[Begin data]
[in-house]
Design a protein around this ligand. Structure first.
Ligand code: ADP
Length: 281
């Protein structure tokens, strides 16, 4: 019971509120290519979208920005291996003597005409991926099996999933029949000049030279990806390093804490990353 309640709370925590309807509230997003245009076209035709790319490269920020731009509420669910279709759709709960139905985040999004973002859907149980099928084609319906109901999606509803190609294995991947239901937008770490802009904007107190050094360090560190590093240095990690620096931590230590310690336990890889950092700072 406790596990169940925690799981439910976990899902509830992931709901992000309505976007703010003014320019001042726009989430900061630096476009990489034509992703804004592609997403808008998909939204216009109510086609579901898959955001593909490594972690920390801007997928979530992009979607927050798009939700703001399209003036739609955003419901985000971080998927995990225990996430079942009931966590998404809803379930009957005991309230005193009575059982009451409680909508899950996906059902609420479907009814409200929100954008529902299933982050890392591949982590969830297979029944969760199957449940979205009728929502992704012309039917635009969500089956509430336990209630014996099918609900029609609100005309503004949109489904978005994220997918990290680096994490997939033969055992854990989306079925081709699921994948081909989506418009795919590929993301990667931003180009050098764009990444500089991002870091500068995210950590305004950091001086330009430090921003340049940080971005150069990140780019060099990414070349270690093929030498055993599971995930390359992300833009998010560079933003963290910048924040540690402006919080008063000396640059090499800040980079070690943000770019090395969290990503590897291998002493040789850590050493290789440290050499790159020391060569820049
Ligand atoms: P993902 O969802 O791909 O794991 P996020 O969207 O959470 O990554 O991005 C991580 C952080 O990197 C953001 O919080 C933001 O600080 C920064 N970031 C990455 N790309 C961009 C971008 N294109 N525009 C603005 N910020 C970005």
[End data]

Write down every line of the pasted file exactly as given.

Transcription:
[in-house]
Design a protein around this ligand. Structure first.
Ligand code: ADP
Length: 281
């Protein structure tokens, strides 16, 4: 019971509120290519979208920005291996003597005409991926099996999933029949000049030279990806390093804490990353 309640709370925590309807509230997003245009076209035709790319490269920020731009509420669910279709759709709960139905985040999004973002859907149980099928084609319906109901999606509803190609294995991947239901937008770490802009904007107190050094360090560190590093240095990690620096931590230590310690336990890889950092700072 406790596990169940925690799981439910976990899902509830992931709901992000309505976007703010003014320019001042726009989430900061630096476009990489034509992703804004592609997403808008998909939204216009109510086609579901898959955001593909490594972690920390801007997928979530992009979607927050798009939700703001399209003036739609955003419901985000971080998927995990225990996430079942009931966590998404809803379930009957005991309230005193009575059982009451409680909508899950996906059902609420479907009814409200929100954008529902299933982050890392591949982590969830297979029944969760199957449940979205009728929502992704012309039917635009969500089956509430336990209630014996099918609900029609609100005309503004949109489904978005994220997918990290680096994490997939033969055992854990989306079925081709699921994948081909989506418009795919590929993301990667931003180009050098764009990444500089991002870091500068995210950590305004950091001086330009430090921003340049940080971005150069990140780019060099990414070349270690093929030498055993599971995930390359992300833009998010560079933003963290910048924040540690402006919080008063000396640059090499800040980079070690943000770019090395969290990503590897291998002493040789850590050493290789440290050499790159020391060569820049
Ligand atoms: P993902 O969802 O791909 O794991 P996020 O969207 O959470 O990554 O991005 C991580 C952080 O990197 C953001 O919080 C933001 O600080 C920064 N970031 C990455 N790309 C961009 C971008 N294109 N525009 C603005 N910020 C970005």